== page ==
North Carolina Attorney General Roy Cooper demanded communications and telephone records related to the state’s probe of Duke Energy Corp.’s merger with Progress Energy Inc.
The requests, dated yesterday, were made to Joele Frank, Wilkinson Brimmer Katcher in New York, and to Browning Investments Inc. President Michael G. Browning in Indianapolis, who, according to regulatory filings, has served on Duke’s board since 1990.
Cooper is investigating whether Duke violated any laws when former Progress Chief Executive Officer Bill Johnson was replaced by Duke Chairman and CEO James Rogers hours after the takeover of Progress closed on July 2 to create the largest U.S. utility owner. The executives testified before the merger that Johnson would be CEO while Rogers served as executive chairman.
The requests demand “any communication” between Frank and Charlotte, North Carolina-based Duke, and to or from Browning “relating in any way to the business of” Duke Energy, Progress or the merged company, according to the letters.
The requests follow an order issued July 12 by the North Carolina Utilities Commission requiring Johnson and four Duke board members, including Browning, to appear at hearings on July 19 and 20 to testify to state regulators about Duke Energy’s decision to replace him.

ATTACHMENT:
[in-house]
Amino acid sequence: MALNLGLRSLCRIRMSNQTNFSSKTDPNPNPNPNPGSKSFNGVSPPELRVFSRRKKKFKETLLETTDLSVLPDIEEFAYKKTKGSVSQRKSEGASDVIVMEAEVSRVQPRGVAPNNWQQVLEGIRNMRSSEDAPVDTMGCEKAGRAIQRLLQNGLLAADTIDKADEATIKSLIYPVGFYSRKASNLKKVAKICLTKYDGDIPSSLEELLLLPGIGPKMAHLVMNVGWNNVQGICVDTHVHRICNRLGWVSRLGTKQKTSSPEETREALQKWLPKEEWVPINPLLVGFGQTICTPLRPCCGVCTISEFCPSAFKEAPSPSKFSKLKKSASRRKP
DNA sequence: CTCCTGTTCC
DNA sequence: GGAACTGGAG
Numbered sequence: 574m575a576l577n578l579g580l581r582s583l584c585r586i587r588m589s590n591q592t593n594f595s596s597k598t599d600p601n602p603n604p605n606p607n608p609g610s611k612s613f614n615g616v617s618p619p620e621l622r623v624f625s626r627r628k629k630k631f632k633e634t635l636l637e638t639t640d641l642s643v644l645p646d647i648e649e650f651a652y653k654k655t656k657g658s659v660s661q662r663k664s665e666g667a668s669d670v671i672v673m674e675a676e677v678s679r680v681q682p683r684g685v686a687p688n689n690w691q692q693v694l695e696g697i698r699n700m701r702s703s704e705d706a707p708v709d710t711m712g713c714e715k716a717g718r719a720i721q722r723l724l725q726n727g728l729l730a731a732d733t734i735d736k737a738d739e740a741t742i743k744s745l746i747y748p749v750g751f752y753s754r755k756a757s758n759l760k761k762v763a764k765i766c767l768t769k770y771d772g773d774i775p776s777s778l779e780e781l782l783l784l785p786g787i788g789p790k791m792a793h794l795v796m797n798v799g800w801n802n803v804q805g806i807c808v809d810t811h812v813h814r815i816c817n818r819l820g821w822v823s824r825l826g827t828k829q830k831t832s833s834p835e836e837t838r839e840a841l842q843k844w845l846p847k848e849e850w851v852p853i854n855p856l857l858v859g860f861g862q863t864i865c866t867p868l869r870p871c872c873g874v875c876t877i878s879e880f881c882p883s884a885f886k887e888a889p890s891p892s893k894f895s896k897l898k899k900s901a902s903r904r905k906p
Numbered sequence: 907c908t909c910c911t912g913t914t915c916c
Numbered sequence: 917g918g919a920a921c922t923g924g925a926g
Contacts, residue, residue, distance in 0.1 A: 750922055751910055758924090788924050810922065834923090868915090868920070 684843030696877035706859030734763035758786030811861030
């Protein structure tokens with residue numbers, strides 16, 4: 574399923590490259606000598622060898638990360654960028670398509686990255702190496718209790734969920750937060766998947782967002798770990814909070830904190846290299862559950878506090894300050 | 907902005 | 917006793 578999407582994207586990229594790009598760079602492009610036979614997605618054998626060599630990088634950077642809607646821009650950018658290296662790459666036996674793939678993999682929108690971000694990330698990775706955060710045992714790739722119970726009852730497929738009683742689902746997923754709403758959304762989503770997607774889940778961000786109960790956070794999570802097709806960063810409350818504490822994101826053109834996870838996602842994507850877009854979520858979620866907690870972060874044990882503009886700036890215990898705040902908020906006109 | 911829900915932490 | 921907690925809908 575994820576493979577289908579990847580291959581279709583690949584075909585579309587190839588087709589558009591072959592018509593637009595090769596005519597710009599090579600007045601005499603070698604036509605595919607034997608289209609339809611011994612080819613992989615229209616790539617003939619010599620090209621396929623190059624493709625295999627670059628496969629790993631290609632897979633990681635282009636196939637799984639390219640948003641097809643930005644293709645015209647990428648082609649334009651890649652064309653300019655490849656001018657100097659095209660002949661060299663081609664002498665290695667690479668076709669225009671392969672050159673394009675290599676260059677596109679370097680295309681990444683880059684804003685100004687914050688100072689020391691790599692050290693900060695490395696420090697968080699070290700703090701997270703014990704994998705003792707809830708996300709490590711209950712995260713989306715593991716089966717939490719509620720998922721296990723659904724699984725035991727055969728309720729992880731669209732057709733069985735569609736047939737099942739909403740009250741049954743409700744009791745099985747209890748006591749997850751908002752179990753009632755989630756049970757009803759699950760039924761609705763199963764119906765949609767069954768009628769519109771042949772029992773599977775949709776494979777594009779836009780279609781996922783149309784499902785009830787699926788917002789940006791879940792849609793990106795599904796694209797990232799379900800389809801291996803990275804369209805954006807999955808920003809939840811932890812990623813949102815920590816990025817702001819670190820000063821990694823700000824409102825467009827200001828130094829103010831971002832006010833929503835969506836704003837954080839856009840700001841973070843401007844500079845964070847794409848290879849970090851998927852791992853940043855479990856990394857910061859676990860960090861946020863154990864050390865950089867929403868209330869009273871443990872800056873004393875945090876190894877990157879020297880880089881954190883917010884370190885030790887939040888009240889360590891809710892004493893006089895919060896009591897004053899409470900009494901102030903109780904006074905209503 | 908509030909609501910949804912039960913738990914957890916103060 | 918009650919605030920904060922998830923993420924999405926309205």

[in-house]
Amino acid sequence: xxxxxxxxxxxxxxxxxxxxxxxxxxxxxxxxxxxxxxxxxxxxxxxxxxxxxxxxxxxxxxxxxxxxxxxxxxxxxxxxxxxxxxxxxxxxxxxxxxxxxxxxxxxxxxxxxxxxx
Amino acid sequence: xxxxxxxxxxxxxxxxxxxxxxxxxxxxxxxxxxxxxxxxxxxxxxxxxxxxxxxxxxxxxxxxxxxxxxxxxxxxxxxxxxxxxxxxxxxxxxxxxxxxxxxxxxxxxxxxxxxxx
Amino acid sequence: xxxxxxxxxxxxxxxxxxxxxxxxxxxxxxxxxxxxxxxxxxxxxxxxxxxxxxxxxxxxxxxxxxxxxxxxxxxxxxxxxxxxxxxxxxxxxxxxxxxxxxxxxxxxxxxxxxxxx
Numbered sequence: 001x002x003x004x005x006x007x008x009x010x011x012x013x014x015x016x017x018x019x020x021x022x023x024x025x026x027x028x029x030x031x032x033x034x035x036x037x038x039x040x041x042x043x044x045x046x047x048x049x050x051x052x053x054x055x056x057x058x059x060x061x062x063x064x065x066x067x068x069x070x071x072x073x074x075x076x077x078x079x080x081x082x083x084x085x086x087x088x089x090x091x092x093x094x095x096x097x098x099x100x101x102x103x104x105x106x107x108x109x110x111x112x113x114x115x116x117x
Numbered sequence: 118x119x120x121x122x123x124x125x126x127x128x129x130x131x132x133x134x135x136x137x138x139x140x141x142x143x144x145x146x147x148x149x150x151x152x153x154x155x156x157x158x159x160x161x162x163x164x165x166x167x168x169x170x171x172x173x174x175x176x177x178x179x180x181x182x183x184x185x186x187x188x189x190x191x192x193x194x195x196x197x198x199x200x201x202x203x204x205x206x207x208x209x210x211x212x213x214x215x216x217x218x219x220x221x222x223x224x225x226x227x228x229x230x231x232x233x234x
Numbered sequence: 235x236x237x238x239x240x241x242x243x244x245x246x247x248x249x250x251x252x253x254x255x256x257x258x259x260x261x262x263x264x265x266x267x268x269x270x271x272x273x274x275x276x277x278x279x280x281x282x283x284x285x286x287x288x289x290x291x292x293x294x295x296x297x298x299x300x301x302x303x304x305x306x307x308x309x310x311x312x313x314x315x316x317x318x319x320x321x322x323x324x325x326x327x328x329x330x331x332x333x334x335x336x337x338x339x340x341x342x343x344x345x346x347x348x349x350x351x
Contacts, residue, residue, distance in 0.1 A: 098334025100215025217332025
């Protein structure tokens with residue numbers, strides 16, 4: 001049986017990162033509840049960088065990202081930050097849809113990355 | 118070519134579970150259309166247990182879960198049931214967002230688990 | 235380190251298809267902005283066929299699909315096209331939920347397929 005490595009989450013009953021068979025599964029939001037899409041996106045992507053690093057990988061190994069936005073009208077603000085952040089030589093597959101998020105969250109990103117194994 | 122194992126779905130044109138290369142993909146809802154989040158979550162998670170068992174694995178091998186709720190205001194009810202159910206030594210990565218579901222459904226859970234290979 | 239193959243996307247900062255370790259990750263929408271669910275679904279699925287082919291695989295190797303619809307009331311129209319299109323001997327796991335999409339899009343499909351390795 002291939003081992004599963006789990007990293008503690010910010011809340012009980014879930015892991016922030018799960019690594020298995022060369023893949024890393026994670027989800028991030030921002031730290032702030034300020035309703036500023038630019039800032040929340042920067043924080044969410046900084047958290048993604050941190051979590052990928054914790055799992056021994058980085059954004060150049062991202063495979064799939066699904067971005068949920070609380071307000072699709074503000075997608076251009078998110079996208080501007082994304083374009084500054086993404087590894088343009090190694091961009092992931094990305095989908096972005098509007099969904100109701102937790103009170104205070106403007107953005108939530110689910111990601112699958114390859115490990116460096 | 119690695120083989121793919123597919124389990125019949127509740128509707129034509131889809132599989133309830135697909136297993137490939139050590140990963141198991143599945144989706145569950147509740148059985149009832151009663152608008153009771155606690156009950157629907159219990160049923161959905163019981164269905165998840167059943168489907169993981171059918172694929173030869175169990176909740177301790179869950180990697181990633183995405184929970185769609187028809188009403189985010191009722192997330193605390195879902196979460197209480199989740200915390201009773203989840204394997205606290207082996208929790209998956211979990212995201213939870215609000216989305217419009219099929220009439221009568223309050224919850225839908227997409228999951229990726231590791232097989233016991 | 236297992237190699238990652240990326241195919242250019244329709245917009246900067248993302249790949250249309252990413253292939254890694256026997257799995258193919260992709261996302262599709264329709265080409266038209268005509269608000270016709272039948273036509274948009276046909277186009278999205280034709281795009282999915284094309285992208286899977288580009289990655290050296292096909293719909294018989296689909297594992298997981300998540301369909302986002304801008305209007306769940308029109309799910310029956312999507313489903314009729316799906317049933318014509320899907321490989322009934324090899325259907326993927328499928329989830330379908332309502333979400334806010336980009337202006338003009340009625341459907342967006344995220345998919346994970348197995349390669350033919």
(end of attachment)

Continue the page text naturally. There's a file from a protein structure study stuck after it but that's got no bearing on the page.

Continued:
Browning and another director, Ann Maynard Gray, were ordered to appear July 20 to “provide testimony addressing the timing of the decision to replace Johnson with Rogers,” according to the commission’s order.
Jamie Moser, a partner at Joele Frank, Wilkinson Brimmer Katcher, didn’t immediately return a call seeking comment.
Michael Browning couldn’t be reached by phone at his office, and didn’t immediately return an e-mail seeking comment.
Noelle Talley, a spokeswoman for North Carolina Attorney General Roy Cooper, declined to comment on the demands for information.
Tom Williams, a spokesman for Duke, said in a telephone interview he hadn’t seen the request and couldn’t comment.